For decades there was disagreement as to the best fluid-management strategy in patients with ARDS. Proponents of a liberal fluid strategy reasoned that increased circulating volume would preserve end-organ perfusion and protect patients from the development of non-pulmonary organ failures. Reductions in intravascular volume can have adverse effects on cardiac output and tissue perfusion, factors that could contribute to multisystem organ failure. This is a legitimate concern, since mortality in ALI/ARDS is usually from non-pulmonary causes including other organ failures. Others supported a conservative fluid strategy in an attempt to reduce circulating volume, thereby reducing the driving force for pulmonary edema formation. In experimental lung injury, lower left atrial pressures are associated with less formation of pulmonary edema.93,104 There is some clinical evidence to support this approach.105108 Given the equipoise with the approach to fluids in ALI/ARDS, the ARDS Network conducted a large, multicenter, randomized controlled trial of catheter-driven (central venous catheter versus PAC) fluid management in patients with ALI.109 Once patients were out of shock, they were randomized to a liberal fluid treatment strategy that resulted in an average of 1 liter of fluid accumulation per day or to a conservative fluid treatment strategy with aggressive use of diuretics to achieve a goal central venous pressure (CVP) below 4 or a goal PAOP below 8, an approach that resulted in an average of zero net fluid accumulation by day 7. Although there was no difference in mortality at 60 days (the primary outcome of the study), patients in the conservative group had improved oxygenation and significantly more ventilator-free days without the development of additional organ failures. In this study, it did not matter whether treatment was guided by CVP measurements (derived from a central venous line) or from PAOP measurements (derived from a PAC).110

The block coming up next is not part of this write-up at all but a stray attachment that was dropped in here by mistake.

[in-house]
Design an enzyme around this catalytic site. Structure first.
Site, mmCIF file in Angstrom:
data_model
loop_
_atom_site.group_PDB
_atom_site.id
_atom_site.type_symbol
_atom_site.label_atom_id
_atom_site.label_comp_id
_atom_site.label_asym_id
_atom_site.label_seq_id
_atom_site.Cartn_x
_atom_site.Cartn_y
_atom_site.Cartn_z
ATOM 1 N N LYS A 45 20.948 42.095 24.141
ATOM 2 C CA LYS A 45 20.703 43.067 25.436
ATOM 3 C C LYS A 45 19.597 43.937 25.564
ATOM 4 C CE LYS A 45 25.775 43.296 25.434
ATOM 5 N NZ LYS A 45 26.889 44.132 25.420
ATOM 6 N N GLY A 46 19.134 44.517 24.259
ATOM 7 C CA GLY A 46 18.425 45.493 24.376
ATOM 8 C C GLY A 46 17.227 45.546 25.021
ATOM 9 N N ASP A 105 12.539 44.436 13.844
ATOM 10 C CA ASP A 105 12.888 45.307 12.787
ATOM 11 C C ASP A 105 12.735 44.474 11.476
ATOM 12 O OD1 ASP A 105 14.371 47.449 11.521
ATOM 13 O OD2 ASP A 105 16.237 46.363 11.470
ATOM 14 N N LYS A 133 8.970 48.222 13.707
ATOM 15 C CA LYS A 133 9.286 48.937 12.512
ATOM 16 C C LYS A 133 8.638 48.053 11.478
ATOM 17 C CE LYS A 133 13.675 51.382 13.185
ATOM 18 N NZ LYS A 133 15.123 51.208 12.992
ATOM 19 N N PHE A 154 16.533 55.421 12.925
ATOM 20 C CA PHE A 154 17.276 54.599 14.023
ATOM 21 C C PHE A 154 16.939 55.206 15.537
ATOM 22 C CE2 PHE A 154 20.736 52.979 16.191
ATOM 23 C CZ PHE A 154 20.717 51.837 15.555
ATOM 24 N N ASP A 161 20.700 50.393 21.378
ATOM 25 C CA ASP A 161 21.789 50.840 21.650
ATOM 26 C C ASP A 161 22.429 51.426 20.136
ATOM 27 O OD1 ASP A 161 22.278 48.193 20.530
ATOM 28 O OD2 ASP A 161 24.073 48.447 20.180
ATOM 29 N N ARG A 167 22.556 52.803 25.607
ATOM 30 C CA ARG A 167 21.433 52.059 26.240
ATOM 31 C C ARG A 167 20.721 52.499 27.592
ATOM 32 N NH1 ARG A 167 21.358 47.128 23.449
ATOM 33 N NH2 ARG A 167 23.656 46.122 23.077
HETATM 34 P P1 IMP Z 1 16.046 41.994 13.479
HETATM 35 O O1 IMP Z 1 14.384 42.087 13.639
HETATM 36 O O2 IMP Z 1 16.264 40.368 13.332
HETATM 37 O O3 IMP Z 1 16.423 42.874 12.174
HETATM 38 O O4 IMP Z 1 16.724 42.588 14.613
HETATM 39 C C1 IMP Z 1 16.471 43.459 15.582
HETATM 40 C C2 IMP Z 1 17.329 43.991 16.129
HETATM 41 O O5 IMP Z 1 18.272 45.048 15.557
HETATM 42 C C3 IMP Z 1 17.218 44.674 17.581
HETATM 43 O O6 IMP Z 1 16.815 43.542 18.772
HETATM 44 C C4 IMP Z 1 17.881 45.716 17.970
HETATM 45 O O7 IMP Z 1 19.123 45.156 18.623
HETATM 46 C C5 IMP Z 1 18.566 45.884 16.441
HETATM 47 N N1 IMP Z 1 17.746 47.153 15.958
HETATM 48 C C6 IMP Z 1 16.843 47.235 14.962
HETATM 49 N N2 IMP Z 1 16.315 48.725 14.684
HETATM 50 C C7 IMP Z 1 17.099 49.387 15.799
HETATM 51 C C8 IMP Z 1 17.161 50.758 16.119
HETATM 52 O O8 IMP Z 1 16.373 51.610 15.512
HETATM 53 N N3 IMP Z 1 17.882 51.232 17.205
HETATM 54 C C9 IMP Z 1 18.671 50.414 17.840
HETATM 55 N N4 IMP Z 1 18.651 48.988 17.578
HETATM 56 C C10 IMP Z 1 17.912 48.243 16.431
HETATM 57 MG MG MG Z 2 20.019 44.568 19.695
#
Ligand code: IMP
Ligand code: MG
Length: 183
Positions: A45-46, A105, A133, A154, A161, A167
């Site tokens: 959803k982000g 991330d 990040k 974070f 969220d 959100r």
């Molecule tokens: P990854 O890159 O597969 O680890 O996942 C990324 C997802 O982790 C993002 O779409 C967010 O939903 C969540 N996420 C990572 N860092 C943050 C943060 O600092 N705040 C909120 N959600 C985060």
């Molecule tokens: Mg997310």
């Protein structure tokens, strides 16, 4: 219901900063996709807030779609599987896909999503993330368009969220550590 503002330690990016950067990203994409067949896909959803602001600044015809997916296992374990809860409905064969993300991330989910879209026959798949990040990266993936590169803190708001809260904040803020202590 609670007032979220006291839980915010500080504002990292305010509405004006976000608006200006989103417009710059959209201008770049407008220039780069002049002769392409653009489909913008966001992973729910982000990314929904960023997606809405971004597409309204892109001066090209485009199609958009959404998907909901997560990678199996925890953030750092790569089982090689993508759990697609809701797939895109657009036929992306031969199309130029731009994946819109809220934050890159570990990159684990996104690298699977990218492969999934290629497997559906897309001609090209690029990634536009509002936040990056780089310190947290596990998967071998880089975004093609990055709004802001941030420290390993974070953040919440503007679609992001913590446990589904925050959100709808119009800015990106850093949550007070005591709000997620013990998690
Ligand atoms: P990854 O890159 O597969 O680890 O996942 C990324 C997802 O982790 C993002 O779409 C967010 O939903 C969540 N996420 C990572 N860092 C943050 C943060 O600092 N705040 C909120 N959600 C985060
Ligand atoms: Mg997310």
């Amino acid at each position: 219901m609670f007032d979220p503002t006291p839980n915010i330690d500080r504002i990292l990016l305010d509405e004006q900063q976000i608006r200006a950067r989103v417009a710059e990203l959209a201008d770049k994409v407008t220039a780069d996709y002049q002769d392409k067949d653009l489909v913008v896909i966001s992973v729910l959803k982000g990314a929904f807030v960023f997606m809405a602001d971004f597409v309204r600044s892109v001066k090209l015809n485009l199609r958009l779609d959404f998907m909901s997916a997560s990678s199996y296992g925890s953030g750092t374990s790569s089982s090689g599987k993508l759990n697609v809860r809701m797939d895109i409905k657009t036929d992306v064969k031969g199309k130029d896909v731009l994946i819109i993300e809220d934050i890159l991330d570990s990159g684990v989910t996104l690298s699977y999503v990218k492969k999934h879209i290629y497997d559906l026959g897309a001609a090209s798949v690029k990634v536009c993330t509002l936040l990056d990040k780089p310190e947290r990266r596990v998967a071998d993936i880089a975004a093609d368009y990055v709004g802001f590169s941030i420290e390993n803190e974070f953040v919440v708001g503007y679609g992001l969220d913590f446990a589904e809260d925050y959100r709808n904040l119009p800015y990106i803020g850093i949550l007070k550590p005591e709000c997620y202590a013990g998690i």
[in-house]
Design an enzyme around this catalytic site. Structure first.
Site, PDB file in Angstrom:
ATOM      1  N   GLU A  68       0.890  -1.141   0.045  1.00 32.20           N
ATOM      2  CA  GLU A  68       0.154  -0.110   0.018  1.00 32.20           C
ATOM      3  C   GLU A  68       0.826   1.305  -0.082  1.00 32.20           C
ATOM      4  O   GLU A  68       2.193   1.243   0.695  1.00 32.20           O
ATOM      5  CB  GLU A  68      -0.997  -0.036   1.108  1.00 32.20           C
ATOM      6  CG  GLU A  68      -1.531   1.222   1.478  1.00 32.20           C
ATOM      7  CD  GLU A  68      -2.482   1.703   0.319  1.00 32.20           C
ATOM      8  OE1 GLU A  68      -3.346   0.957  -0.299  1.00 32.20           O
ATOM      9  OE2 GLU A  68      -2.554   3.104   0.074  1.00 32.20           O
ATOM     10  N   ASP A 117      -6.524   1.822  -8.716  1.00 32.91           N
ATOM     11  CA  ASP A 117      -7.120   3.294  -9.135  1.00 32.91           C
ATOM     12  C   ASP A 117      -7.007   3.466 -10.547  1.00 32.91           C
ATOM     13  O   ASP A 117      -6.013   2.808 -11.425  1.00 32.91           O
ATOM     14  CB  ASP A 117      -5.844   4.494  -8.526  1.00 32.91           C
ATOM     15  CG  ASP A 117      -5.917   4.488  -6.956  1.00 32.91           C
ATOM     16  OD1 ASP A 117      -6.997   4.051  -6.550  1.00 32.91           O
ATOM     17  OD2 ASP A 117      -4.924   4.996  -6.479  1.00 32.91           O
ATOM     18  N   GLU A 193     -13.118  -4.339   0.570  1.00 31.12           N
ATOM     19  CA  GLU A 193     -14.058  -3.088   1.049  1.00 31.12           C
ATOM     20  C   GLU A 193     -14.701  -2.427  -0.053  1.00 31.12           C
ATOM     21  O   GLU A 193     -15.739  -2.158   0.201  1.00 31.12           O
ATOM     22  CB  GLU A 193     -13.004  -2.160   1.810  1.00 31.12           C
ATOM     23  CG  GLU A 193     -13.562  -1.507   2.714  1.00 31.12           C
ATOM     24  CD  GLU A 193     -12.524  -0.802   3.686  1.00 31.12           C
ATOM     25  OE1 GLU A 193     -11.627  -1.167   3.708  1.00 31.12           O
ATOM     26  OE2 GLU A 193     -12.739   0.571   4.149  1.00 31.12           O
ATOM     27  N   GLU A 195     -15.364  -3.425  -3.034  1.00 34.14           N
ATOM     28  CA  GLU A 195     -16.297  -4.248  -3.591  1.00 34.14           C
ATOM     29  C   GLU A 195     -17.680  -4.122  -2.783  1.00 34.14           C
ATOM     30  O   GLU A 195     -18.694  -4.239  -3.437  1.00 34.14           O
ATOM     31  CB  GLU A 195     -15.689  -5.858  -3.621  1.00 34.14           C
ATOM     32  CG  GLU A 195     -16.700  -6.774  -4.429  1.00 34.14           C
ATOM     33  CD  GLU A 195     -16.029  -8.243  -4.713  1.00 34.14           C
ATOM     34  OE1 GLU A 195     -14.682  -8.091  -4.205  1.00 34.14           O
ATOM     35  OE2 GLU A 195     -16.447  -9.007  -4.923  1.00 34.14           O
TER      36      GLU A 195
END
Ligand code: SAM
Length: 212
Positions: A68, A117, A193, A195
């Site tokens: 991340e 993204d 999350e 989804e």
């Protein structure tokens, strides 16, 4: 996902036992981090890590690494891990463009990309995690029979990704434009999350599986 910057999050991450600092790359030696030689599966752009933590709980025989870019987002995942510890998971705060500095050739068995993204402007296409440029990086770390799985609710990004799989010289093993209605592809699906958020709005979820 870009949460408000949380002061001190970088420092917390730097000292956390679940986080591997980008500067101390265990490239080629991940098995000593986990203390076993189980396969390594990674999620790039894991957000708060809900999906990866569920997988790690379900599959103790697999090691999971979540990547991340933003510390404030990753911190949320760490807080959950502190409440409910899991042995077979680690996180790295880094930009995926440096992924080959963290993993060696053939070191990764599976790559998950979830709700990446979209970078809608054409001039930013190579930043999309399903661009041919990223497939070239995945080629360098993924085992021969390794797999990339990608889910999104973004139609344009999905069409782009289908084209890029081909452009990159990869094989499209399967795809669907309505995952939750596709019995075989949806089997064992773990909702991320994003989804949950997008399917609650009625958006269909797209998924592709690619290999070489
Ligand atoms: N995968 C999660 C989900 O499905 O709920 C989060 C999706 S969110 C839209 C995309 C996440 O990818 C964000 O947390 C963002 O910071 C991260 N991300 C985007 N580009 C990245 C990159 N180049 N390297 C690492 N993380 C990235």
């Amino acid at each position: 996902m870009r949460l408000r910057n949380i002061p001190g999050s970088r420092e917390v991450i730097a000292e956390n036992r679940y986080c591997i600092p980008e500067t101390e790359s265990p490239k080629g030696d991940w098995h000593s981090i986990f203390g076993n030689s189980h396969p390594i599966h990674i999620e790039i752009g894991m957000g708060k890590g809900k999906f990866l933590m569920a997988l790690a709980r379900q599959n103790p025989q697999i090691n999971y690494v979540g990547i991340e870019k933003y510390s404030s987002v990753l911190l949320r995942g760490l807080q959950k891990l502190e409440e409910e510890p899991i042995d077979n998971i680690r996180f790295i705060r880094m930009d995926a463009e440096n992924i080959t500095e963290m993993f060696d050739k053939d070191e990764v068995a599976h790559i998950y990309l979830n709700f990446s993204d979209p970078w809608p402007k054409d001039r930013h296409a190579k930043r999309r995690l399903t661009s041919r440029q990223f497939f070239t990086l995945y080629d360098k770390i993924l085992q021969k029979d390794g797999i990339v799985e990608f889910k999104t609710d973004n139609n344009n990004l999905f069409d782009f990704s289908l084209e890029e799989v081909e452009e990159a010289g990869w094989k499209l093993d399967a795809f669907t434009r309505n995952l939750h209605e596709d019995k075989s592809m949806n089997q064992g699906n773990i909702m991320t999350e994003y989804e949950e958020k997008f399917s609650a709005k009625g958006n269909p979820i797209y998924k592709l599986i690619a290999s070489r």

Despite the findings in support of conservative fluid management strategy in patients with ARDS, there continues to be a great deal of uncertainty about appropriate goals for hemodynamic therapy in ALI/ARDS. Currently, the recommended strategy is to aim to achieve the lowest intravascular volume that maintains adequate tissue perfusion as measured by urine output, other organ perfusion, and metabolic acid-base status, using CVP monitoring to direct therapy. If organ perfusion cannot be maintained in the setting of adequate intravascular volume, administration of vasopressors and/or inotropes should be used to restore end-organ perfusion.93 Available evidence does not support the use of one particular vasopressor or combination of vasopressors. Once shock has resolved, patients should be managed with a conservative fluid strategy, with the goal of driving the CVP below 4 to keep each patient’s fluid balance net zero over their ICU stay.